ATASCADERO — The aisles that lead to the athletic office at Atascadero High School were full of smiling friends, teachers, coaches and family on Monday as everyone gathered to watch Nick Garza sign his NCAA National Letter of Intent to Holy Names University in Oakland to play soccer.
Most notably, just about every single player from the Greyhounds soccer team was at the ceremony and stayed until the very end, after pictures, and after interviews to support their teammate.
“I wouldn’t be out here without them, the training, the hours, the things that we have done together,” Garza said. “I think I was a little more fortunate because my parents are just so involved with everything, they took me to all these camps and spent all this money, because talent wise those guys- they are talented guys they could definitely be playing but I think I was just fortunate and blessed with great parents.”
Garza, along with six other Greyhound seniors, played varsity for all four years that they have been in high school. The best year the group had together was their sophomore year when they finished the season 12-11-1. This season, the Hounds had to battle through some key injuries and finished with only three wins.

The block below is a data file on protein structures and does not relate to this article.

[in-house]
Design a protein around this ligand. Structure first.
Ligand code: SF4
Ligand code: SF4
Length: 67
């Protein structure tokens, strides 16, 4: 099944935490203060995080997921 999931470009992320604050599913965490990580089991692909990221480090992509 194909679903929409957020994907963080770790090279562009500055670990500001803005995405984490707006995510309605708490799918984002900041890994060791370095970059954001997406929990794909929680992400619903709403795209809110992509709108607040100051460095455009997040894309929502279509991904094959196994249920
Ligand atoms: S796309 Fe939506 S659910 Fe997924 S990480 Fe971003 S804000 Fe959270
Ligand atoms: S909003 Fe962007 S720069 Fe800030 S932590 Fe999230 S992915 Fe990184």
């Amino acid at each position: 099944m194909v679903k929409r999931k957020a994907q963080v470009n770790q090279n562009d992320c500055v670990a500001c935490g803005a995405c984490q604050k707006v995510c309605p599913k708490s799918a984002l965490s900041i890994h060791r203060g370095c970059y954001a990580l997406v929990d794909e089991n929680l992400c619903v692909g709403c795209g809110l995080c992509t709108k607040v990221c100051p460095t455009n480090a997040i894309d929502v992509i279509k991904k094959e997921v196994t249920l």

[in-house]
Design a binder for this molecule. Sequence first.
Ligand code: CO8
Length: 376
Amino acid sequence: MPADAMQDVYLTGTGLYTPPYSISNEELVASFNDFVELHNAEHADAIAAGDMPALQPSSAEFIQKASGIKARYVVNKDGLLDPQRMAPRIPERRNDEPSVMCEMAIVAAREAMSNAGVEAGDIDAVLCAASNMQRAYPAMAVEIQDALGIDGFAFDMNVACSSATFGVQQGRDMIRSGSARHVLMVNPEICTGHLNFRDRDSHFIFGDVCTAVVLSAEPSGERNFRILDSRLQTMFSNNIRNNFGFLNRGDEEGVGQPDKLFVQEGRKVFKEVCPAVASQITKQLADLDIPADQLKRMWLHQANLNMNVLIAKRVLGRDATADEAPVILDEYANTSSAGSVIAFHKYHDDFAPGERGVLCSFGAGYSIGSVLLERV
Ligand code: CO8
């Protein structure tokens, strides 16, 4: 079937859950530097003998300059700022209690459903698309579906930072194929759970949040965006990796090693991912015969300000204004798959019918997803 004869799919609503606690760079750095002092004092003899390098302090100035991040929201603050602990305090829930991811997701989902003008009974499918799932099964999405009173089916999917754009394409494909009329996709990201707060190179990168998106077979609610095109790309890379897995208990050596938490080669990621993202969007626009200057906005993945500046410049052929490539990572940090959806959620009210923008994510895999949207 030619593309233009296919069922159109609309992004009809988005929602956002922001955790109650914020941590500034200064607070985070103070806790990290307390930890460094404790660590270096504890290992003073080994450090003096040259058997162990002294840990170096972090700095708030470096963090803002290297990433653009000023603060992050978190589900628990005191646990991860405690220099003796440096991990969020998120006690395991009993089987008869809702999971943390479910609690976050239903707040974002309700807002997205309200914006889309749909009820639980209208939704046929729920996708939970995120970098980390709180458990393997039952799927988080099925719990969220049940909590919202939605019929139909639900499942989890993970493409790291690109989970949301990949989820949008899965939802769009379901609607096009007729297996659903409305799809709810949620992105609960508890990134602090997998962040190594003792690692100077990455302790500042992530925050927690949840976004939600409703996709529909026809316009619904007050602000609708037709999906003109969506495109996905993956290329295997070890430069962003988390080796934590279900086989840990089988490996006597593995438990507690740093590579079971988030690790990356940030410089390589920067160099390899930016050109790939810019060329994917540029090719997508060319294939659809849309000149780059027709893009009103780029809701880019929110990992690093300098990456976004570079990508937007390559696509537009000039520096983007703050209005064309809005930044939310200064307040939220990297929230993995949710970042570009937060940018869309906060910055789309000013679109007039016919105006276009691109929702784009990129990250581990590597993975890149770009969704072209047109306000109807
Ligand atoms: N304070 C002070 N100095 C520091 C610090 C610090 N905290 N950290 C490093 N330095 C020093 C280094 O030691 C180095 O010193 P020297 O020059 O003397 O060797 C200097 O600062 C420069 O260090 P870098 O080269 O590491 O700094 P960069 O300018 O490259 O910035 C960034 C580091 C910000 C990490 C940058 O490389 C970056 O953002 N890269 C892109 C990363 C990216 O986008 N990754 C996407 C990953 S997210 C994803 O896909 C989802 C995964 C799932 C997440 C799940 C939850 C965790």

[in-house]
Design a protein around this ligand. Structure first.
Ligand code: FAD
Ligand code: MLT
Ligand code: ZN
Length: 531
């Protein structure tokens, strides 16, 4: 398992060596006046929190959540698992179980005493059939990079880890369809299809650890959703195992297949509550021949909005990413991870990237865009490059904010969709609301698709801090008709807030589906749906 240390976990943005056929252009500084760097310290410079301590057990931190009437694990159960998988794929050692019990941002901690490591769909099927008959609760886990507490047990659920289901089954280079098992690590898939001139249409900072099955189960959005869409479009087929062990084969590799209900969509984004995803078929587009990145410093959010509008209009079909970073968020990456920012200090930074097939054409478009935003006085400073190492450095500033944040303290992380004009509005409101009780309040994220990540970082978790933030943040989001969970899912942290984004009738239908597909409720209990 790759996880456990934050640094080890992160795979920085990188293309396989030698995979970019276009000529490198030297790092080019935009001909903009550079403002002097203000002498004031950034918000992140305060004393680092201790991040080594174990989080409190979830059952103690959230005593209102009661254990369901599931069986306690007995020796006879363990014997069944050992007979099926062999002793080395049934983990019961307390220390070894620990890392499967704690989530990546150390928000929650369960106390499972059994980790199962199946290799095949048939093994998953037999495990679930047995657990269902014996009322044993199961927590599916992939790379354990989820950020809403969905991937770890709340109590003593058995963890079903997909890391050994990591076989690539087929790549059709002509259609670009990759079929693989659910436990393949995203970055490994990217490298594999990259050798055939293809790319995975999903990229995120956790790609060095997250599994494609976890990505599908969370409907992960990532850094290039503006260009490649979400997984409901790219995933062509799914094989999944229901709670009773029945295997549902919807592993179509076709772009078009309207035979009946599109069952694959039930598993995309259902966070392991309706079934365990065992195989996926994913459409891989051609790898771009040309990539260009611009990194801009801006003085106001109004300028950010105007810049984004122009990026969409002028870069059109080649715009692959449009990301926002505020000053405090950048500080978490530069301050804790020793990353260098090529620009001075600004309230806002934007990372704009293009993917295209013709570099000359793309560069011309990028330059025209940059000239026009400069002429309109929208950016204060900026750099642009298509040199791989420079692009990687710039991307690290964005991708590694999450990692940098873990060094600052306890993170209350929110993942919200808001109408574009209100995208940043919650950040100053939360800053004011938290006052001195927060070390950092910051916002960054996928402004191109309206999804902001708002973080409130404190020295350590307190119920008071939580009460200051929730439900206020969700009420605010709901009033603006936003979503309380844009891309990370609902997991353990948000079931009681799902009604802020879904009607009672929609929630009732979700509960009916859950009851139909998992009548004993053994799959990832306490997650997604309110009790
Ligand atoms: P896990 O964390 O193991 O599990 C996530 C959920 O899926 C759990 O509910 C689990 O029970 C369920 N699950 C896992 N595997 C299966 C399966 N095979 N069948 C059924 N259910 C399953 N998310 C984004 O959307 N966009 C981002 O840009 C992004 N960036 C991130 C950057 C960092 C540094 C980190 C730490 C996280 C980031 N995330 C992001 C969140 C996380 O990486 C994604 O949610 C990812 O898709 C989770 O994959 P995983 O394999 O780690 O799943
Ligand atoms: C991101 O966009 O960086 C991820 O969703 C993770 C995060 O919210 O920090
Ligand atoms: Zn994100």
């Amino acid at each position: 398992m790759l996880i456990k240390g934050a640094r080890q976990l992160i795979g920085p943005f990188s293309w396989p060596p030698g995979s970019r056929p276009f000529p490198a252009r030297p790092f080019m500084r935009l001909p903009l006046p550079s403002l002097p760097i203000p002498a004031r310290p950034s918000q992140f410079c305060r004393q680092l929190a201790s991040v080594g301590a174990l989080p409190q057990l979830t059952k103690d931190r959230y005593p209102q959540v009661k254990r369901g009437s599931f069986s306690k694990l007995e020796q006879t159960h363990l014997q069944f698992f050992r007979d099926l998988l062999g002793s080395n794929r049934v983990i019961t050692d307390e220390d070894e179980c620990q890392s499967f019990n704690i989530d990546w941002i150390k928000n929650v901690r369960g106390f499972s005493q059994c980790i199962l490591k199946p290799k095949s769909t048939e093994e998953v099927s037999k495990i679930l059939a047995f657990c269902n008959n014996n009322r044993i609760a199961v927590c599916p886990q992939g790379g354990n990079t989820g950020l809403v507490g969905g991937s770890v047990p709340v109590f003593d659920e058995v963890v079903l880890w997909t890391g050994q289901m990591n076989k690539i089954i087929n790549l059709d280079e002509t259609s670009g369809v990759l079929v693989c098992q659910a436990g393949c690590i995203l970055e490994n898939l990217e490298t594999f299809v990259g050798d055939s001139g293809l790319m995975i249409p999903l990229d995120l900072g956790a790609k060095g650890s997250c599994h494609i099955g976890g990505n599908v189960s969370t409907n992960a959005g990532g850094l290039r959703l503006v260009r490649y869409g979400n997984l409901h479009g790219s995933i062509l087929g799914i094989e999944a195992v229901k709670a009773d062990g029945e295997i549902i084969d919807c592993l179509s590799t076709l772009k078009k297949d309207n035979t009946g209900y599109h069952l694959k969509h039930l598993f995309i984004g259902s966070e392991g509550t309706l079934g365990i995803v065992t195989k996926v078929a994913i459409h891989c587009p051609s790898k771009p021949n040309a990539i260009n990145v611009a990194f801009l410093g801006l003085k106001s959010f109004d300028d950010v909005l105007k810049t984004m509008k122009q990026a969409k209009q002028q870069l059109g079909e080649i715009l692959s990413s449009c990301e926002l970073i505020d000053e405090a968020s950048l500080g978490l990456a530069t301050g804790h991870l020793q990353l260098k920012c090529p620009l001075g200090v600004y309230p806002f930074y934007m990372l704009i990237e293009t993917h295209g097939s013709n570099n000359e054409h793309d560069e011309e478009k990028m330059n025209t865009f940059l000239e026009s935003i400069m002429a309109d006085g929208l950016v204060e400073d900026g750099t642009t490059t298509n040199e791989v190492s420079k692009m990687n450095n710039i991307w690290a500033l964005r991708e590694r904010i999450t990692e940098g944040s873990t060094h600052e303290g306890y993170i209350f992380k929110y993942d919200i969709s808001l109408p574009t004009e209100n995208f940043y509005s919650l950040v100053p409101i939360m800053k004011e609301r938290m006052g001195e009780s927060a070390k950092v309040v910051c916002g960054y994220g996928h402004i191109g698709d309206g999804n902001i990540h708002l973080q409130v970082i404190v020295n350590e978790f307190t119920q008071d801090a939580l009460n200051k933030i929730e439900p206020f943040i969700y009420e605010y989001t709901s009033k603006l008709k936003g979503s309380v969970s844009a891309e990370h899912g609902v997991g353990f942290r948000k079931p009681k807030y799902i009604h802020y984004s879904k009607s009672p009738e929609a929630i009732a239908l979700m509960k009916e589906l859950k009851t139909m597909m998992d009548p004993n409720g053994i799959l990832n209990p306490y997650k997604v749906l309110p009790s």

Holy Names University is a private, Catholic, Division II school in Oakland. Garza will train locally over the summer using a regimen sent to him by the assistant coaches from the team and can’t wait to get to it.
“Before I committed to a college I was just like emailing coaches, looking for camps to go to — it was really stressful,” Garza said. “So now that I’ve got that on I just want to focus on my training because I am on the team, but I want to play a lot, I want to make something out of that too. So I will focus more on the training.”
Location was a big factor in Garza’s decision.
“I really wanted to stay in the state to where I could see my parents on the weekends if they want to come by or watch a game,” he said.
The former soccer captain anchored the Greyhound defense and may very well be most comfortable in the back half, but his coach JT Camp thinks he has the ability to play anywhere in college.
“He has the soccer intelligence that he needs,” Camp said. “I think he is the type of kid that you could plug in anywhere and he will do a great job for you.”